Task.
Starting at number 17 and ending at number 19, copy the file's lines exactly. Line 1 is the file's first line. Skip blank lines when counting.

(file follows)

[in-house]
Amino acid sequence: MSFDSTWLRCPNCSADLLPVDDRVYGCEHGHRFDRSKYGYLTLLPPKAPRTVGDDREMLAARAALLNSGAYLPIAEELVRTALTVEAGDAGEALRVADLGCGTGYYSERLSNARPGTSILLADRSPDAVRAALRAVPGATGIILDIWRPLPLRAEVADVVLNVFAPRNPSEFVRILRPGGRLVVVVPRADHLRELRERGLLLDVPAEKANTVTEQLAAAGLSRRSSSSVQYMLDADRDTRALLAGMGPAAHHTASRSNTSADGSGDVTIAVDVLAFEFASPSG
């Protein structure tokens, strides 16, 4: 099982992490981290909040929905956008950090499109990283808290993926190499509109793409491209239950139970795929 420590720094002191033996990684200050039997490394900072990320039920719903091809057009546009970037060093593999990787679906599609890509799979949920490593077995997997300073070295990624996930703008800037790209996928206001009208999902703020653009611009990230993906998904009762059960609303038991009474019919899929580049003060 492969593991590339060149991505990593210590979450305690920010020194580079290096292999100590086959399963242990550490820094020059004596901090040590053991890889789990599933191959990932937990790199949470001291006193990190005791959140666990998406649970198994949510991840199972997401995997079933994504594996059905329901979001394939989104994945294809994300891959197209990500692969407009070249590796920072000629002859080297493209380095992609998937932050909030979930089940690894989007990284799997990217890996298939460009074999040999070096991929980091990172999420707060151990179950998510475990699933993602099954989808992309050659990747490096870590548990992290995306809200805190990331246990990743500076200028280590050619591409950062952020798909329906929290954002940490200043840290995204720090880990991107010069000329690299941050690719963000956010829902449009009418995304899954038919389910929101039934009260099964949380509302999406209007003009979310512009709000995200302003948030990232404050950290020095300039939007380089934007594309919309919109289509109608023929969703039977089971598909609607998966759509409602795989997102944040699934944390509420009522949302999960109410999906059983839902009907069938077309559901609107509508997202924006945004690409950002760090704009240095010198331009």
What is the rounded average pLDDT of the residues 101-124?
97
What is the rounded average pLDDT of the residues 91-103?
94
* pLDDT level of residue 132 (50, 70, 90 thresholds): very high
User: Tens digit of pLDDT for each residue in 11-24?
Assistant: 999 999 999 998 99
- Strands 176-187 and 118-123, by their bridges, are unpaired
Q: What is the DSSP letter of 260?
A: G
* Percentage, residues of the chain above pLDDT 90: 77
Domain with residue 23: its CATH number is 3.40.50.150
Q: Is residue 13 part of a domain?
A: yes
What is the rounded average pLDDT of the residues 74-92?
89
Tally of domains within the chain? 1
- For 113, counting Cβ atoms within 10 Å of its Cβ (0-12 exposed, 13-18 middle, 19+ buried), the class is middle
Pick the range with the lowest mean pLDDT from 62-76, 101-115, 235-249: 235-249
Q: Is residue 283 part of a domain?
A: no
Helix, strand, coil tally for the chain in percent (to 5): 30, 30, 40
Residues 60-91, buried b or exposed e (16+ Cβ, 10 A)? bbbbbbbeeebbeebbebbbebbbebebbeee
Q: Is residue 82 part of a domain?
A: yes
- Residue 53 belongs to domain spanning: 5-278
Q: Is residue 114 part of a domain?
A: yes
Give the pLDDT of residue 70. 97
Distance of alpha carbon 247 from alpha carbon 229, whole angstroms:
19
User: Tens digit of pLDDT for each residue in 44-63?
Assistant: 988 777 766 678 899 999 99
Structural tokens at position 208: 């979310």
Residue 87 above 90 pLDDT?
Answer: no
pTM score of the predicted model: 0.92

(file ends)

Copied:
A: yes
What is the rounded average pLDDT of the residues 74-92?
89